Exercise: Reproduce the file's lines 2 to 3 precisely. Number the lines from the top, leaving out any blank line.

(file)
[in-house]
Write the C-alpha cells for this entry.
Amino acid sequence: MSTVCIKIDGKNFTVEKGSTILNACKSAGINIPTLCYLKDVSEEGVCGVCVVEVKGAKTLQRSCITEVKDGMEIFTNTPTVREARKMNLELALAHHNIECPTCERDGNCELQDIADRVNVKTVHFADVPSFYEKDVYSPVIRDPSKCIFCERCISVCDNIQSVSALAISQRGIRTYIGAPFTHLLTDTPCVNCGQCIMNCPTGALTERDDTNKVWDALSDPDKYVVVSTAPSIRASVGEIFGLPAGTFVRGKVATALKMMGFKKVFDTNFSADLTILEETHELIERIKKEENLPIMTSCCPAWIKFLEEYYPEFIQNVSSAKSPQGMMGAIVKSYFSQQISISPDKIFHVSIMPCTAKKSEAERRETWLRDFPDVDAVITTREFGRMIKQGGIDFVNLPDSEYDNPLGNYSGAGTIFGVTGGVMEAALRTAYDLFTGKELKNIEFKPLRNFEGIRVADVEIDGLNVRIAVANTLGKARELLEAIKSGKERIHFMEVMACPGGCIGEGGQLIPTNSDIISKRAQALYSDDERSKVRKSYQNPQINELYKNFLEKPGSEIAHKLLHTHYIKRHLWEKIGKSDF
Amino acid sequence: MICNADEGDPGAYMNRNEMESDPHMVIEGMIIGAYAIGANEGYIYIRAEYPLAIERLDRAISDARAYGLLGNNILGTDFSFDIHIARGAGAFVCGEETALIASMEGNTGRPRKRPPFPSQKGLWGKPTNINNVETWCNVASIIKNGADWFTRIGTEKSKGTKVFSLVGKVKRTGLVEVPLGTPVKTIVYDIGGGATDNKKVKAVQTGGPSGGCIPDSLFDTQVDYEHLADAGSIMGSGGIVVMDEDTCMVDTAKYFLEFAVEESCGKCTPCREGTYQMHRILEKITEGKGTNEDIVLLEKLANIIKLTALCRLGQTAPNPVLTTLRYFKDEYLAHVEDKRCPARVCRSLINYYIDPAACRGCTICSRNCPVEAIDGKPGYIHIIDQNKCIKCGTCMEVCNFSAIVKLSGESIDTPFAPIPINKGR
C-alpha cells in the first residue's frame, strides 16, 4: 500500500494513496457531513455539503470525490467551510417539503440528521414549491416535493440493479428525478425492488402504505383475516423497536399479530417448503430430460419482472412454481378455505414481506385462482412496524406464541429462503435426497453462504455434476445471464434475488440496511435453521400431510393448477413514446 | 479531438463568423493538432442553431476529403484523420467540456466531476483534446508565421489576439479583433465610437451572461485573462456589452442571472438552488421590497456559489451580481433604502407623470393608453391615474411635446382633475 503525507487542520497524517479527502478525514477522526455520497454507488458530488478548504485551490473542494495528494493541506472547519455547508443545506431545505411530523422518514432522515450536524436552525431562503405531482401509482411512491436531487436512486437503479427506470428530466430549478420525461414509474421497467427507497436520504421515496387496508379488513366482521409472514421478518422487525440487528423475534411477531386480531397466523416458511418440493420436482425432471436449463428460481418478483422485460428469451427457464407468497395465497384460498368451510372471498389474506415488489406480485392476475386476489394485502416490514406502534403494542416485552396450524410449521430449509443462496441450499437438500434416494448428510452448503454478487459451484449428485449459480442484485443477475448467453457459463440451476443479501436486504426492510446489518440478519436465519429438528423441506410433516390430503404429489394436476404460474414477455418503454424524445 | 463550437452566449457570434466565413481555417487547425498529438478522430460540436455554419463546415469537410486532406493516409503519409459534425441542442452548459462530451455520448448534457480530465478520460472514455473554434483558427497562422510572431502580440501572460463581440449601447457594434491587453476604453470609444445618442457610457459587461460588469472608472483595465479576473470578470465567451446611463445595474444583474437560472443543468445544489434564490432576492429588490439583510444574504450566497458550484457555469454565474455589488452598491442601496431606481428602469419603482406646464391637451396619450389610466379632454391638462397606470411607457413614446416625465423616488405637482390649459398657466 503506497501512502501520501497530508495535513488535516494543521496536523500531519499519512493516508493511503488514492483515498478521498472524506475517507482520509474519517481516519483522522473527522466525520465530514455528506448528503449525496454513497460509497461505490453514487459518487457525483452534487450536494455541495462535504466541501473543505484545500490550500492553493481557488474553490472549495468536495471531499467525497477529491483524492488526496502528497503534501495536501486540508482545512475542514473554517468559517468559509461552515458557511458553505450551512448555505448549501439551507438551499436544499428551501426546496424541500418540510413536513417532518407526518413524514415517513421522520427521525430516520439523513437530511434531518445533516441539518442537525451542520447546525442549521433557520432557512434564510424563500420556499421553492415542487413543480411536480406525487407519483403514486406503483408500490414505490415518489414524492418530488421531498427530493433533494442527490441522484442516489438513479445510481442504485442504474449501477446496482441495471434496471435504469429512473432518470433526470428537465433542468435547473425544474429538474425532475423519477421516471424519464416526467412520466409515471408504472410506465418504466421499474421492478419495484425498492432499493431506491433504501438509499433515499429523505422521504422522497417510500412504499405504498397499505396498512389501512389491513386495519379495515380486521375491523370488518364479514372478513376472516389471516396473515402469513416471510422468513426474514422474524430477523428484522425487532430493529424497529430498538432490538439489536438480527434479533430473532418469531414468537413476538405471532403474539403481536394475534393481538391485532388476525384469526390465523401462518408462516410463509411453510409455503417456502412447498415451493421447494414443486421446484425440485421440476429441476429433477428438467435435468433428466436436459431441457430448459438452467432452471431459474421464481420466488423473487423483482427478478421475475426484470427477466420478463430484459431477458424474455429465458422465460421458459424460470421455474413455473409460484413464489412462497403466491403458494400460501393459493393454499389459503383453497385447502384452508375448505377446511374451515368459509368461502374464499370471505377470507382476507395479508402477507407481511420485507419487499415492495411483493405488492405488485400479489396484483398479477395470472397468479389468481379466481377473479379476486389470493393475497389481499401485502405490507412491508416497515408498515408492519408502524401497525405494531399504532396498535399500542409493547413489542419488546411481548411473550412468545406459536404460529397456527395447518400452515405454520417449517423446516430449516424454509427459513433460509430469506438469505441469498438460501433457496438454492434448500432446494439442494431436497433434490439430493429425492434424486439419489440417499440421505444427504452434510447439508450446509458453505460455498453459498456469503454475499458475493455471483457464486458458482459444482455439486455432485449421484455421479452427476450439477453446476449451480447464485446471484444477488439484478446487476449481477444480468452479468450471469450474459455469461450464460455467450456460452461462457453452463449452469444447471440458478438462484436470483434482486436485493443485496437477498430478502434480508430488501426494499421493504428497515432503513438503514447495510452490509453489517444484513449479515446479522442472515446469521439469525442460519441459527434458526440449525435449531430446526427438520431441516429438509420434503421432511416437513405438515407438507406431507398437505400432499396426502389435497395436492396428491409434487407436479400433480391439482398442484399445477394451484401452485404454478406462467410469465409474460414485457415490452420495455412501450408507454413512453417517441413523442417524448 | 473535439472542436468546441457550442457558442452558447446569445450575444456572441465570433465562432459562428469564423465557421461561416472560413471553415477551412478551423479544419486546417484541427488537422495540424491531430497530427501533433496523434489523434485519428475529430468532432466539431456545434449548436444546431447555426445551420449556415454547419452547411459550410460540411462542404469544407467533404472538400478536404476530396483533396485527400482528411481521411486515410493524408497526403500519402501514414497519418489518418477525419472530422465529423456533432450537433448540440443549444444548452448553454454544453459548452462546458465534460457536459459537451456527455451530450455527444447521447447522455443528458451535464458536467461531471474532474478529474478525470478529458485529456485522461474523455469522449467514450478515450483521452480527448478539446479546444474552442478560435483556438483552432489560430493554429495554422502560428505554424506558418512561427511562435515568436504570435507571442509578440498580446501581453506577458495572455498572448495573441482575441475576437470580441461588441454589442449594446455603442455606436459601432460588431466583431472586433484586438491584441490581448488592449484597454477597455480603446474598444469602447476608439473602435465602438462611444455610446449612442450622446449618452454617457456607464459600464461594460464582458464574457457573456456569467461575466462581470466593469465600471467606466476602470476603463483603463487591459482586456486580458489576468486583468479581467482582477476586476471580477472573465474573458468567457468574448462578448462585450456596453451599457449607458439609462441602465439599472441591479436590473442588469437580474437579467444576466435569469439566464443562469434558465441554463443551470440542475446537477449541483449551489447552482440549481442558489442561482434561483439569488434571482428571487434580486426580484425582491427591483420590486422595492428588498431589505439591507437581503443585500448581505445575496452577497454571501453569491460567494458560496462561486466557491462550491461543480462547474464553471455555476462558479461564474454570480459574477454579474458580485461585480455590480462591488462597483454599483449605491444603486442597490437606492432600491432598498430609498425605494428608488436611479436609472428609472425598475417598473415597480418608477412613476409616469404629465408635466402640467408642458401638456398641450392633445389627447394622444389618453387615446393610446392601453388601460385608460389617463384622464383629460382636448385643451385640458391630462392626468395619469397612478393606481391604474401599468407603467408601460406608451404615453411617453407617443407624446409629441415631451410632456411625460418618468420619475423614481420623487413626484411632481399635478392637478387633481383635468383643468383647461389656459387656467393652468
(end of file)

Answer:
Write the C-alpha cells for this entry.
Amino acid sequence: MSTVCIKIDGKNFTVEKGSTILNACKSAGINIPTLCYLKDVSEEGVCGVCVVEVKGAKTLQRSCITEVKDGMEIFTNTPTVREARKMNLELALAHHNIECPTCERDGNCELQDIADRVNVKTVHFADVPSFYEKDVYSPVIRDPSKCIFCERCISVCDNIQSVSALAISQRGIRTYIGAPFTHLLTDTPCVNCGQCIMNCPTGALTERDDTNKVWDALSDPDKYVVVSTAPSIRASVGEIFGLPAGTFVRGKVATALKMMGFKKVFDTNFSADLTILEETHELIERIKKEENLPIMTSCCPAWIKFLEEYYPEFIQNVSSAKSPQGMMGAIVKSYFSQQISISPDKIFHVSIMPCTAKKSEAERRETWLRDFPDVDAVITTREFGRMIKQGGIDFVNLPDSEYDNPLGNYSGAGTIFGVTGGVMEAALRTAYDLFTGKELKNIEFKPLRNFEGIRVADVEIDGLNVRIAVANTLGKARELLEAIKSGKERIHFMEVMACPGGCIGEGGQLIPTNSDIISKRAQALYSDDERSKVRKSYQNPQINELYKNFLEKPGSEIAHKLLHTHYIKRHLWEKIGKSDF